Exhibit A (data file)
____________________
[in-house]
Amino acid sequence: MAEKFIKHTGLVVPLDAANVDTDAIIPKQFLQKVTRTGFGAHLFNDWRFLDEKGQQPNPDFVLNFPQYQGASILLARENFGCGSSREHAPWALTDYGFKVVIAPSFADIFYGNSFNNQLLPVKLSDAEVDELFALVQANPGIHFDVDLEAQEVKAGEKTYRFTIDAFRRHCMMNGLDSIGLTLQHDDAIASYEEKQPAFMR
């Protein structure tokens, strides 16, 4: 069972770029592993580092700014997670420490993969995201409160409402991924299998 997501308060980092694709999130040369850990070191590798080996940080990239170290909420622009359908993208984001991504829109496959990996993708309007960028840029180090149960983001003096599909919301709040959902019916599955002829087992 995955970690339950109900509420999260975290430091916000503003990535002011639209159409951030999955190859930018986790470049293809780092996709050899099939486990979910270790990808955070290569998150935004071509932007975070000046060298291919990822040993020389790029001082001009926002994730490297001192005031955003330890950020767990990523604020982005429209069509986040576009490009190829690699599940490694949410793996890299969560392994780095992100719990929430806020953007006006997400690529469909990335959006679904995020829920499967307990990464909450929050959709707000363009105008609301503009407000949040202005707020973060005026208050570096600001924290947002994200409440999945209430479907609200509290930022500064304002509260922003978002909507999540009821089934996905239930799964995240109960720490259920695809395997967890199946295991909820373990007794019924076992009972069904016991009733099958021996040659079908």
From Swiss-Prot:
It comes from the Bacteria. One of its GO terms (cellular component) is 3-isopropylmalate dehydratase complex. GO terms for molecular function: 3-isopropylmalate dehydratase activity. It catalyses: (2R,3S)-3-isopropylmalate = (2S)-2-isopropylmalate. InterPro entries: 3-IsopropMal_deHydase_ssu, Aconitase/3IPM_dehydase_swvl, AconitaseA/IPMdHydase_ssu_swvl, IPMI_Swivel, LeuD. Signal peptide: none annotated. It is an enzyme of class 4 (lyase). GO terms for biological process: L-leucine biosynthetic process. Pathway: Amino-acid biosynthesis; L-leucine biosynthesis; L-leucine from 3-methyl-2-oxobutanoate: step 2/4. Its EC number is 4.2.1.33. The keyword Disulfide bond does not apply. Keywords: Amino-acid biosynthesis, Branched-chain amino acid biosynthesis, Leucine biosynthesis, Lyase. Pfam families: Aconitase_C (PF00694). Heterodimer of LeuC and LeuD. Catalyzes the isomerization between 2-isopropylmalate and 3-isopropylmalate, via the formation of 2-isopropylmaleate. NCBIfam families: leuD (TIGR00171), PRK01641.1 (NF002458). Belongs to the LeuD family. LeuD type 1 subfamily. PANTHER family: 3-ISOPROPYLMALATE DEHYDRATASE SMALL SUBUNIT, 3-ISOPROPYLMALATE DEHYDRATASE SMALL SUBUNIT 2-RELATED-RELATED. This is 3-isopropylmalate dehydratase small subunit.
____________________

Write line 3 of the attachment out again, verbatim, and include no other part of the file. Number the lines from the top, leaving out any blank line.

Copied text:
């Protein structure tokens, strides 16, 4: 069972770029592993580092700014997670420490993969995201409160409402991924299998 997501308060980092694709999130040369850990070191590798080996940080990239170290909420622009359908993208984001991504829109496959990996993708309007960028840029180090149960983001003096599909919301709040959902019916599955002829087992 995955970690339950109900509420999260975290430091916000503003990535002011639209159409951030999955190859930018986790470049293809780092996709050899099939486990979910270790990808955070290569998150935004071509932007975070000046060298291919990822040993020389790029001082001009926002994730490297001192005031955003330890950020767990990523604020982005429209069509986040576009490009190829690699599940490694949410793996890299969560392994780095992100719990929430806020953007006006997400690529469909990335959006679904995020829920499967307990990464909450929050959709707000363009105008609301503009407000949040202005707020973060005026208050570096600001924290947002994200409440999945209430479907609200509290930022500064304002509260922003978002909507999540009821089934996905239930799964995240109960720490259920695809395997967890199946295991909820373990007794019924076992009972069904016991009733099958021996040659079908």